«Distributed control is a way in which one can achieve a certain desirable mode of behavior by temporarily influencing interactions of specific system components locally, rather than trying to impose a certain global behavior on all components at once. Typically, distributed control works by helping the system components to adapt when they show signs of deviating too much from their normal or desired state. In order for this adaptation to be successful, the feedback mechanism must be carefully chosen. Then, a favorable kind of self-organization can be reached in the system.»

    “FIN4” is the name of the Blockchain solution for distributed control proposed by Dirk Helbing and his team:

    «In alignment with the UN’s Sustainable Development Goals (and potentially other sets of goals the world may decide to choose in the future), our proposal Finance 4.0 (FIN4) concerns a multidi-mensional incentive system for managing complex systems and promoting a circular sharing economy.»

    «We envision a multi-layered, multi-dimensional system of decentralized digital cryptocurrencies created at different levels with different characteristics, serving different purposes.

    The token systems may operate at a supranational, regional or local level. The different purposes may address environmental, social or other values relevant to the sustainability agenda at the respective level.»

  9. clay says:

    saint helena is a beautiful place, i really enjoyed the attached images and hearing about it. i hope you and everyone is doing good and wish cliff a speedy recovery.

    i write to share this talk i found where Dr Rene Doursat, Drexel University, talks about “Morphogenetic Engineering: the Two-Way Bridges Between Biomodelling, Bioinspired Engineering, and Bioengineering”.

    Doursat co-authored “emergent engineering: a radical paradigm shift” with Mihaela Ulieru in 2011. ive been reading through Ulieru’s papers, that one is particularly interesting, it reminds me of my approach to gardening and land rematriation, except for, you know, its demented buggery.
    im going to start looking for more talks from her co-authors since alot of Ulieru’s presentations are hard to find videos or full transcripts of.

    an especially creepy one “FRIENDs” is also informative, and lines up with Melanie swan on the quantified self, which spells out its nomenclature in a way that is rare from the electronic engineering literature, clearly laying out how and by what methods (circa 2012) the kinds of biometric measurements from various sensor technologies can be used to monitor our brains. Our “FRIENDs” in combination with machine learning edge intelligence and neurofeedback could be/are used to create a fuzzy behaviorally mediated brain machine interface.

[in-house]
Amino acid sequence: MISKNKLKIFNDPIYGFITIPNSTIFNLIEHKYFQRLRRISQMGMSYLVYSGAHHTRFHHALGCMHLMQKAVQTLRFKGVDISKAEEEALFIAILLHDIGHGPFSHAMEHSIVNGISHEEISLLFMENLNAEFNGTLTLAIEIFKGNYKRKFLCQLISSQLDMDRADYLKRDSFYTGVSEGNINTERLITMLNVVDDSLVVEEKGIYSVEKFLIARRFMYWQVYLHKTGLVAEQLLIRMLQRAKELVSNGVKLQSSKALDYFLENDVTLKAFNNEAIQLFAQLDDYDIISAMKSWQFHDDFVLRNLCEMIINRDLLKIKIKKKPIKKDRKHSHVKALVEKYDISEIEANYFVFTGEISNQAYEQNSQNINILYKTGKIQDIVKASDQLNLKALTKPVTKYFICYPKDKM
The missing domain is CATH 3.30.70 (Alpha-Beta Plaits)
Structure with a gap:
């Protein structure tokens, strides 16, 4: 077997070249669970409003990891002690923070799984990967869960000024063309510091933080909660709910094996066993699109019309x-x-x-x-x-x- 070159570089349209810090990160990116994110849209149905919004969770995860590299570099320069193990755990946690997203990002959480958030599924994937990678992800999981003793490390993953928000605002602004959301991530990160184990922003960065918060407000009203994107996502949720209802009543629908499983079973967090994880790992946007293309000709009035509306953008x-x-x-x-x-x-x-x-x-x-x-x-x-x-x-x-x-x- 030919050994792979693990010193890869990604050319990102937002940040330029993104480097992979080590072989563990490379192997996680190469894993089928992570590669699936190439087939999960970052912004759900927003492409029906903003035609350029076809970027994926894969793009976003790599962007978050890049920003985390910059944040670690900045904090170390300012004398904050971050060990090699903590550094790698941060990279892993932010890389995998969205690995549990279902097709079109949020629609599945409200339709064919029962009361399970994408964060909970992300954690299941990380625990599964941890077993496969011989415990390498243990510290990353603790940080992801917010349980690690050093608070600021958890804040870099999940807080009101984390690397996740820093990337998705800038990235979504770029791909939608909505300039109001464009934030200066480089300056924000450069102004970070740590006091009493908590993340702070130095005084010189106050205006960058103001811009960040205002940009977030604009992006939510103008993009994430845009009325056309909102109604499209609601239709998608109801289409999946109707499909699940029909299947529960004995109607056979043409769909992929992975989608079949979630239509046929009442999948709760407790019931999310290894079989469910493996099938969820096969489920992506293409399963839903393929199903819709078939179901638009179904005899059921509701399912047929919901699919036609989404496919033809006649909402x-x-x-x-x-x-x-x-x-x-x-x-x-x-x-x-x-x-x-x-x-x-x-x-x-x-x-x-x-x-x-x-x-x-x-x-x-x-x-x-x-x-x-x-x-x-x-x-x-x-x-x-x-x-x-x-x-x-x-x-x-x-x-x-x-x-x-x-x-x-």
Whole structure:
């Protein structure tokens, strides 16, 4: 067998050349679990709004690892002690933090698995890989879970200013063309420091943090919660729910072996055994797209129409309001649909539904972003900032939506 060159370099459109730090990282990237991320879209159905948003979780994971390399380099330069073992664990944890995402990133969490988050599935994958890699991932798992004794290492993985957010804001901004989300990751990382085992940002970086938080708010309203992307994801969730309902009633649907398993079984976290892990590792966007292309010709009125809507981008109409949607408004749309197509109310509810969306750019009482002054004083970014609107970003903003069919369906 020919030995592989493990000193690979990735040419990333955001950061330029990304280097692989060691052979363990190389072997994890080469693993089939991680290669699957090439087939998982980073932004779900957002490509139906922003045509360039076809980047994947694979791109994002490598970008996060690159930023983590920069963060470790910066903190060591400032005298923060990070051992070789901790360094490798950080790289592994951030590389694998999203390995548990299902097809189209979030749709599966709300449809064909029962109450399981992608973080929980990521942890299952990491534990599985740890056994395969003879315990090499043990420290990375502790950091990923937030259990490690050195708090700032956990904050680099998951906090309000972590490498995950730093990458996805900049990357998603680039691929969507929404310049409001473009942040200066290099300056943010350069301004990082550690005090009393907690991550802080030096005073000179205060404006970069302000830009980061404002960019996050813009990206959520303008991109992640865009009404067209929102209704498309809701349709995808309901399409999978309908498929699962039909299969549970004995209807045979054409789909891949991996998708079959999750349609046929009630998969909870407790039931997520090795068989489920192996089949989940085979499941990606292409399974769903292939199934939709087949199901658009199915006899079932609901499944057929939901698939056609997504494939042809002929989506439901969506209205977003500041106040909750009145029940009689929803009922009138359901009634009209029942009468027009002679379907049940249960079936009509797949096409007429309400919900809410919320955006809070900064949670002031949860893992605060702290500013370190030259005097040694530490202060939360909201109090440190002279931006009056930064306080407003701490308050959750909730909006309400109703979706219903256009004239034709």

important to understand since apple announced its metaverse device and it looks like the next hype cycle/ ‘adaptive radiation’ for head mounted AR/VR/MR/XR is upon us. developments in other emerging technologies and developer ecosystems for gaming and simulation like the unreal engine make it seem like the “killer apps” are on the horizon.

    also the stuff about super-EEG nanoparticles i just read in Rodirgo’s stellar comment above is worrisome in the context of embedded adaptive brain monitoring agents and how some are talking about IoB 3.0 embedded systems being ready—next-gen/how-human-are-you-the-internet-of-bodies-is-here-but-are-we-ready.

    its like these people view biological life as a wetware and human bodies as avatars for a-life software entities, its very hard for me to understand how people could think like that or why these seemingly intelligent people think its a good idea, they should touch grass.

  10. kocotube01 začasni says:

    Andrei Kirilyuk, Mihaela Ulieru (auth.), Mihaela Ulieru, Peter Palensky, René Doursat (eds.)
    “Artificial Life: Borrowing from Biology: 4th Australian Conference, ACAL 2009, Melbourne, Australia, December 1-4, 2009. Proceedings”

    Direct pdf link:

    Taras Kowaliw, Nicolas Bredeche, René Doursat (eds.)
    “Growing Adaptive Machines: Combining Development and Learning in Artificial Neural Networks”

    Direct pdf link:

    Andrei Kirilyuk, Mihaela Ulieru (auth.), Mihaela Ulieru, Peter Palensky, René Doursat (eds.)
    “IT Revolutions: First International ICST Conference, IT Revolutions 2008, Venice, Italy, December 17-19, 2008, Revised Selected Papers”

    Direct pdf link:

    René Doursat, Hiroki Sayama, Olivier Michel (auth.), René Doursat, Hiroki Sayama, Olivier Michel (eds.)
    “Morphogenetic Engineering: Toward Programmable Complex Systems”

    Direct pdf link:

    Sebastian von Mammen, David Phillips, Timothy Davison, Christian Jacob (auth.), Marco Dorigo, Mauro Birattari, Gianni A. Di Caro, René Doursat, Andries P. Engelbrecht, Dario Floreano, Luca Maria Gambardella, Roderich Groß, Erol Şahin, Hiroki Sayama, Thomas Stützle (eds.)
    “Swarm Intelligence: 7th International Conference, ANTS 2010, Brussels, Belgium, September 8-10, 2010. Proceedings”

    Direct pdf link: